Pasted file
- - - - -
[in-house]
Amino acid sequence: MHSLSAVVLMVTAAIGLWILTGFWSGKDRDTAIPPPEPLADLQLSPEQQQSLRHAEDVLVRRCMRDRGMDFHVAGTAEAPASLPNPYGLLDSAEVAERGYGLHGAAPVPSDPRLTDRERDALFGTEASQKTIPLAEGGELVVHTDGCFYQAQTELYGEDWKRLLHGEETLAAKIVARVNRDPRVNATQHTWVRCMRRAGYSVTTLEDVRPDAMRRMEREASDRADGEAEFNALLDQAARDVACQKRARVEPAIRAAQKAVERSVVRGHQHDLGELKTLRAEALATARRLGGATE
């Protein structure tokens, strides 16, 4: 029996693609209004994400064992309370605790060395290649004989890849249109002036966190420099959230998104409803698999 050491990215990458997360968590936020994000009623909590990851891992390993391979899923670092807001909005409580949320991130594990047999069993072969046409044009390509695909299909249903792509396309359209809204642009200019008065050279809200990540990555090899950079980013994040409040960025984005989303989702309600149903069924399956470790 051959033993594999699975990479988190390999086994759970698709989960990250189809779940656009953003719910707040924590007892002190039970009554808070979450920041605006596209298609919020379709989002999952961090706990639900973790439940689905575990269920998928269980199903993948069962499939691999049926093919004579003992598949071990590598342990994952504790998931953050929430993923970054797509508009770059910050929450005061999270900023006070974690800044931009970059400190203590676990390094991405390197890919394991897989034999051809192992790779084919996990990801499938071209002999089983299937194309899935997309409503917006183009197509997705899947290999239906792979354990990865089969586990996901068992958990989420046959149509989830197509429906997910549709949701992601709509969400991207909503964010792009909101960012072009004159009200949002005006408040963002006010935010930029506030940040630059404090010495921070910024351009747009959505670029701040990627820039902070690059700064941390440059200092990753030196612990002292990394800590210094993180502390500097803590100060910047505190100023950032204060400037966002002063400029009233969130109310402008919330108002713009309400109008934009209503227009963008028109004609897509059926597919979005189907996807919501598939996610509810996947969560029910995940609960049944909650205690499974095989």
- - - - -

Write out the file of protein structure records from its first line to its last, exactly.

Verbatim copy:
[in-house]
Amino acid sequence: MHSLSAVVLMVTAAIGLWILTGFWSGKDRDTAIPPPEPLADLQLSPEQQQSLRHAEDVLVRRCMRDRGMDFHVAGTAEAPASLPNPYGLLDSAEVAERGYGLHGAAPVPSDPRLTDRERDALFGTEASQKTIPLAEGGELVVHTDGCFYQAQTELYGEDWKRLLHGEETLAAKIVARVNRDPRVNATQHTWVRCMRRAGYSVTTLEDVRPDAMRRMEREASDRADGEAEFNALLDQAARDVACQKRARVEPAIRAAQKAVERSVVRGHQHDLGELKTLRAEALATARRLGGATE
């Protein structure tokens, strides 16, 4: 029996693609209004994400064992309370605790060395290649004989890849249109002036966190420099959230998104409803698999 050491990215990458997360968590936020994000009623909590990851891992390993391979899923670092807001909005409580949320991130594990047999069993072969046409044009390509695909299909249903792509396309359209809204642009200019008065050279809200990540990555090899950079980013994040409040960025984005989303989702309600149903069924399956470790 051959033993594999699975990479988190390999086994759970698709989960990250189809779940656009953003719910707040924590007892002190039970009554808070979450920041605006596209298609919020379709989002999952961090706990639900973790439940689905575990269920998928269980199903993948069962499939691999049926093919004579003992598949071990590598342990994952504790998931953050929430993923970054797509508009770059910050929450005061999270900023006070974690800044931009970059400190203590676990390094991405390197890919394991897989034999051809192992790779084919996990990801499938071209002999089983299937194309899935997309409503917006183009197509997705899947290999239906792979354990990865089969586990996901068992958990989420046959149509989830197509429906997910549709949701992601709509969400991207909503964010792009909101960012072009004159009200949002005006408040963002006010935010930029506030940040630059404090010495921070910024351009747009959505670029701040990627820039902070690059700064941390440059200092990753030196612990002292990394800590210094993180502390500097803590100060910047505190100023950032204060400037966002002063400029009233969130109310402008919330108002713009309400109008934009209503227009963008028109004609897509059926597919979005189907996807919501598939996610509810996947969560029910995940609960049944909650205690499974095989």